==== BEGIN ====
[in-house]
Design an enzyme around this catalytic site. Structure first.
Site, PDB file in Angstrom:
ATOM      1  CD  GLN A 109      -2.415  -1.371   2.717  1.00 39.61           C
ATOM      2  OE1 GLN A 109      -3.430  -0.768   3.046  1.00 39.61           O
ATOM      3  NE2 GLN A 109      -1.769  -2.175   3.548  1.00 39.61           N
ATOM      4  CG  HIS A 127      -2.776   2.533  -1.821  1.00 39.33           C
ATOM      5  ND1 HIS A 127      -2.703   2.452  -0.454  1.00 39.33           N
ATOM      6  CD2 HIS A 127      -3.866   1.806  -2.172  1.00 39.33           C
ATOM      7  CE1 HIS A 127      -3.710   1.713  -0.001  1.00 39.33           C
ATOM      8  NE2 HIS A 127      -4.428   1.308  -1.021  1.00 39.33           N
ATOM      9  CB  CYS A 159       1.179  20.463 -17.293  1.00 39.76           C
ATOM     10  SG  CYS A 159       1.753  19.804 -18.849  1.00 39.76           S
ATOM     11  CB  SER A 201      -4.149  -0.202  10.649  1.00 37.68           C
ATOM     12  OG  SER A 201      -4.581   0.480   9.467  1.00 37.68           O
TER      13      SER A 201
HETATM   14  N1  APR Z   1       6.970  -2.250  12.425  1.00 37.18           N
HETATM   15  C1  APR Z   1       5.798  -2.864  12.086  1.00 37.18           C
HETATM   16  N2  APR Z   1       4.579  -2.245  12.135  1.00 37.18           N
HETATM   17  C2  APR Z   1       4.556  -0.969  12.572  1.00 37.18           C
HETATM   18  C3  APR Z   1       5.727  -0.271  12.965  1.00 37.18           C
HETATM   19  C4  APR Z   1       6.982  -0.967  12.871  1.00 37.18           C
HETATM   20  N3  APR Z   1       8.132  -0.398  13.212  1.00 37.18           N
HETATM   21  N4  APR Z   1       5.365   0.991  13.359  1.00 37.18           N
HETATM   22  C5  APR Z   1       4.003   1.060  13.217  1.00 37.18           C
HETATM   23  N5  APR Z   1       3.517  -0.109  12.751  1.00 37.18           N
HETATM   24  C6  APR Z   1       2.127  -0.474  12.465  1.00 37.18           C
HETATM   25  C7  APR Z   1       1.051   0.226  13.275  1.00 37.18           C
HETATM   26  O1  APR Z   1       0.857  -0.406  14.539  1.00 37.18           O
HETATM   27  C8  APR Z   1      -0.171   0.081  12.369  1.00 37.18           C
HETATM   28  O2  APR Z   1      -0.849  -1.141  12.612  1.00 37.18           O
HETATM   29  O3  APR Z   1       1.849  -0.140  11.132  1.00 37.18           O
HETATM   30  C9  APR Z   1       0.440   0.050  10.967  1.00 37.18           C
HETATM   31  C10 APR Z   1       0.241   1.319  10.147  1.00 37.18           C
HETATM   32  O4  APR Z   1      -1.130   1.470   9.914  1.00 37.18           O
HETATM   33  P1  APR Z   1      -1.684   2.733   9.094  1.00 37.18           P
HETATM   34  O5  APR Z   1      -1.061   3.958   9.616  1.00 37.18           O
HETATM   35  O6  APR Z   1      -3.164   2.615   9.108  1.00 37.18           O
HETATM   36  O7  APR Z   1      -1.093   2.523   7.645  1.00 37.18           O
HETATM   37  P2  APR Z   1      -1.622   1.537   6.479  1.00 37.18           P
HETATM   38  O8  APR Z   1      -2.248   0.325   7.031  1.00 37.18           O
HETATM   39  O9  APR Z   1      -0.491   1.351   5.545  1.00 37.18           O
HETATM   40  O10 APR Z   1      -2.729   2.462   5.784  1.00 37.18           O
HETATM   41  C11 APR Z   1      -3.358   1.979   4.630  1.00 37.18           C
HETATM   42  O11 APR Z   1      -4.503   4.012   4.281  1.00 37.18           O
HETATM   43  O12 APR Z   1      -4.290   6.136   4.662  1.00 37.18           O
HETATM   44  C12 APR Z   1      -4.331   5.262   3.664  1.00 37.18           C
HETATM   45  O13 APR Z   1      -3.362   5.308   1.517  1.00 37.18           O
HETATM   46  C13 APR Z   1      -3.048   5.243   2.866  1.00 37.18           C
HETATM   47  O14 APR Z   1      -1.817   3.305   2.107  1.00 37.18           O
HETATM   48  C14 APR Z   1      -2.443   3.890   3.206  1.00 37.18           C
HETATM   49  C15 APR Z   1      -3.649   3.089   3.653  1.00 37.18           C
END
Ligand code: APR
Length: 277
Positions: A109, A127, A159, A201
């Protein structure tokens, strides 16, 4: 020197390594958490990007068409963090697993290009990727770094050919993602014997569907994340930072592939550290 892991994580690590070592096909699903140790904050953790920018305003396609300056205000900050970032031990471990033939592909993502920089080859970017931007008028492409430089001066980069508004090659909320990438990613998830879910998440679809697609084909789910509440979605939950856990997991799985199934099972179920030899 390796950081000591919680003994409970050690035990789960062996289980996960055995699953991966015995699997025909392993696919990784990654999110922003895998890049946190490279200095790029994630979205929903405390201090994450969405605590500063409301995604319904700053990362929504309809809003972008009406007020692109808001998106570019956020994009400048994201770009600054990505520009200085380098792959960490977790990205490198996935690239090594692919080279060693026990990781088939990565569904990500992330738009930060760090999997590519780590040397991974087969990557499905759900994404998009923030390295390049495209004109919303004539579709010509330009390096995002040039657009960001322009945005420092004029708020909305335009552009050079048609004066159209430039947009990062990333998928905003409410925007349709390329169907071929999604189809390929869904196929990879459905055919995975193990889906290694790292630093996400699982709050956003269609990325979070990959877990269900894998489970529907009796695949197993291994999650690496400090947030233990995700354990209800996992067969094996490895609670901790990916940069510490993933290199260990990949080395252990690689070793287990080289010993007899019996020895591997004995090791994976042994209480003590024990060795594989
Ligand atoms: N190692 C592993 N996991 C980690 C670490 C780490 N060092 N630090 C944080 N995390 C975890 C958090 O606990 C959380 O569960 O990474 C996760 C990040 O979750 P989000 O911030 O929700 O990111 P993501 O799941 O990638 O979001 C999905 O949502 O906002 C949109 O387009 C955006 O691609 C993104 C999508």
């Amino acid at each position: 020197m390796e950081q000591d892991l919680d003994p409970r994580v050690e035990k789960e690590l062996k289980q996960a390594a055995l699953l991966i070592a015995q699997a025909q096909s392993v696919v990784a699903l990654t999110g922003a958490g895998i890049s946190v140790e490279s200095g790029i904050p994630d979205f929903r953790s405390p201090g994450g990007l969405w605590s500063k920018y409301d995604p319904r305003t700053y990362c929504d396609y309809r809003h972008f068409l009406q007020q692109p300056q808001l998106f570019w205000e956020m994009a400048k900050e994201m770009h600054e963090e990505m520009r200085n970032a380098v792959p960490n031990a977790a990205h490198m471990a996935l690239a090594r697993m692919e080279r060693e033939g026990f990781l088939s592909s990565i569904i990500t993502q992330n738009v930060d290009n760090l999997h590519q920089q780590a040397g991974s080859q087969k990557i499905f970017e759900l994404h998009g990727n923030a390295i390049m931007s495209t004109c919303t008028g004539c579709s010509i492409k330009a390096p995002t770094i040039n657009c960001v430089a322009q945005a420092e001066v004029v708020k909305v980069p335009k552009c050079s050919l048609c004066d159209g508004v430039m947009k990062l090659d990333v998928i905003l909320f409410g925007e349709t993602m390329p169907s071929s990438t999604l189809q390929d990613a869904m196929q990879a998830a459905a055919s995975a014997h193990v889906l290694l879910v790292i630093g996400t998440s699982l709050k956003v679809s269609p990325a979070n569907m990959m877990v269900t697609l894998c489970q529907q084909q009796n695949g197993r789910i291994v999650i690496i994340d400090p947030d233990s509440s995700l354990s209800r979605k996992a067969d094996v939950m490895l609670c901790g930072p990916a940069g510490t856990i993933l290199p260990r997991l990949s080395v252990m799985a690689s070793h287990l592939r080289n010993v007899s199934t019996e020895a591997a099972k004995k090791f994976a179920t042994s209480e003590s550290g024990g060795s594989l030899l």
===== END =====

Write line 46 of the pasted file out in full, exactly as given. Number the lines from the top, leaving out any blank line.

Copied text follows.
HETATM   43  O12 APR Z   1      -4.290   6.136   4.662  1.00 37.18           O